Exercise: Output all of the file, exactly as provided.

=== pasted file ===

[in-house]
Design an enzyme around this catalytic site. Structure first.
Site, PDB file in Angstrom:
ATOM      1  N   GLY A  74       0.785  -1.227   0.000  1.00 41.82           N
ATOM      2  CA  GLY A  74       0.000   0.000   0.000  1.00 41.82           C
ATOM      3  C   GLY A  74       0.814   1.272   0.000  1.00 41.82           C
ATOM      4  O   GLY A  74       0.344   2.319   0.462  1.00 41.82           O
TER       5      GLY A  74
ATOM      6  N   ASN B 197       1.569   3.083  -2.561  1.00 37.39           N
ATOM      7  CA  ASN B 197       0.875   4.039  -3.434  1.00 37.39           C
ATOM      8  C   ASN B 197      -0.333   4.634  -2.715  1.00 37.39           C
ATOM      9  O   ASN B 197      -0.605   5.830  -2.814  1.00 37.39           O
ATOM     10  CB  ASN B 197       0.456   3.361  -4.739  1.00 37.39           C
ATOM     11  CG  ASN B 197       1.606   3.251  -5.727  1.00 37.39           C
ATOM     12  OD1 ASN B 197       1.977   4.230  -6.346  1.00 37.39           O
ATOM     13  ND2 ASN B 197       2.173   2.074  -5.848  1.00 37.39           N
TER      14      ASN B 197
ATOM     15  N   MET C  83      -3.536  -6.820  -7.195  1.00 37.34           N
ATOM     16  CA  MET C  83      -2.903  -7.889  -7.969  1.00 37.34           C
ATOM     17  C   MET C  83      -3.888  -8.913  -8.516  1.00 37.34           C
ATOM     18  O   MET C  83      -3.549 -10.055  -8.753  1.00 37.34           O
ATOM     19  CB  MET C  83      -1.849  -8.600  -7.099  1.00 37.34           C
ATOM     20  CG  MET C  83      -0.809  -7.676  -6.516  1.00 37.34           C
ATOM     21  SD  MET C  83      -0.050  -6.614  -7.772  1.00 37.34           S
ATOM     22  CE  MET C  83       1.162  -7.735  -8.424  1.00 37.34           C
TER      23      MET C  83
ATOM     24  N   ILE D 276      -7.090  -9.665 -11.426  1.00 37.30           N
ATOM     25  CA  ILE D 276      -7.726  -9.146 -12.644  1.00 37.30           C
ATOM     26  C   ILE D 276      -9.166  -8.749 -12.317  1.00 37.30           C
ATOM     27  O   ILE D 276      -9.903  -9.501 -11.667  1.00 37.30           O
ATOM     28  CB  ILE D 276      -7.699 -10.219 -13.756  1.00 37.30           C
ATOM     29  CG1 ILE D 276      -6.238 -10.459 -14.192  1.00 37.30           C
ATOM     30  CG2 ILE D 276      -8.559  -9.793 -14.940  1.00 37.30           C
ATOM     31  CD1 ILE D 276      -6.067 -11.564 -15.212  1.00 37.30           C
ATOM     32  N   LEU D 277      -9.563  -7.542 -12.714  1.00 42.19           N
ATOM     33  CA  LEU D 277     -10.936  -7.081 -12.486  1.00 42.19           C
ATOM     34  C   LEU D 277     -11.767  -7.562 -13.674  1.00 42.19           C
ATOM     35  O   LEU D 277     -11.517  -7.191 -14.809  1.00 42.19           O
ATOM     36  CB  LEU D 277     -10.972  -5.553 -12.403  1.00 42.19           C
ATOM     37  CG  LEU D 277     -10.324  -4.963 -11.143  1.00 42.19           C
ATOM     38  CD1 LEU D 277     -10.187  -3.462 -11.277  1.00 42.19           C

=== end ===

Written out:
[in-house]
Design an enzyme around this catalytic site. Structure first.
Site, PDB file in Angstrom:
ATOM      1  N   GLY A  74       0.785  -1.227   0.000  1.00 41.82           N
ATOM      2  CA  GLY A  74       0.000   0.000   0.000  1.00 41.82           C
ATOM      3  C   GLY A  74       0.814   1.272   0.000  1.00 41.82           C
ATOM      4  O   GLY A  74       0.344   2.319   0.462  1.00 41.82           O
TER       5      GLY A  74
ATOM      6  N   ASN B 197       1.569   3.083  -2.561  1.00 37.39           N
ATOM      7  CA  ASN B 197       0.875   4.039  -3.434  1.00 37.39           C
ATOM      8  C   ASN B 197      -0.333   4.634  -2.715  1.00 37.39           C
ATOM      9  O   ASN B 197      -0.605   5.830  -2.814  1.00 37.39           O
ATOM     10  CB  ASN B 197       0.456   3.361  -4.739  1.00 37.39           C
ATOM     11  CG  ASN B 197       1.606   3.251  -5.727  1.00 37.39           C
ATOM     12  OD1 ASN B 197       1.977   4.230  -6.346  1.00 37.39           O
ATOM     13  ND2 ASN B 197       2.173   2.074  -5.848  1.00 37.39           N
TER      14      ASN B 197
ATOM     15  N   MET C  83      -3.536  -6.820  -7.195  1.00 37.34           N
ATOM     16  CA  MET C  83      -2.903  -7.889  -7.969  1.00 37.34           C
ATOM     17  C   MET C  83      -3.888  -8.913  -8.516  1.00 37.34           C
ATOM     18  O   MET C  83      -3.549 -10.055  -8.753  1.00 37.34           O
ATOM     19  CB  MET C  83      -1.849  -8.600  -7.099  1.00 37.34           C
ATOM     20  CG  MET C  83      -0.809  -7.676  -6.516  1.00 37.34           C
ATOM     21  SD  MET C  83      -0.050  -6.614  -7.772  1.00 37.34           S
ATOM     22  CE  MET C  83       1.162  -7.735  -8.424  1.00 37.34           C
TER      23      MET C  83
ATOM     24  N   ILE D 276      -7.090  -9.665 -11.426  1.00 37.30           N
ATOM     25  CA  ILE D 276      -7.726  -9.146 -12.644  1.00 37.30           C
ATOM     26  C   ILE D 276      -9.166  -8.749 -12.317  1.00 37.30           C
ATOM     27  O   ILE D 276      -9.903  -9.501 -11.667  1.00 37.30           O
ATOM     28  CB  ILE D 276      -7.699 -10.219 -13.756  1.00 37.30           C
ATOM     29  CG1 ILE D 276      -6.238 -10.459 -14.192  1.00 37.30           C
ATOM     30  CG2 ILE D 276      -8.559  -9.793 -14.940  1.00 37.30           C
ATOM     31  CD1 ILE D 276      -6.067 -11.564 -15.212  1.00 37.30           C
ATOM     32  N   LEU D 277      -9.563  -7.542 -12.714  1.00 42.19           N
ATOM     33  CA  LEU D 277     -10.936  -7.081 -12.486  1.00 42.19           C
ATOM     34  C   LEU D 277     -11.767  -7.562 -13.674  1.00 42.19           C
ATOM     35  O   LEU D 277     -11.517  -7.191 -14.809  1.00 42.19           O
ATOM     36  CB  LEU D 277     -10.972  -5.553 -12.403  1.00 42.19           C
ATOM     37  CG  LEU D 277     -10.324  -4.963 -11.143  1.00 42.19           C
ATOM     38  CD1 LEU D 277     -10.187  -3.462 -11.277  1.00 42.19           C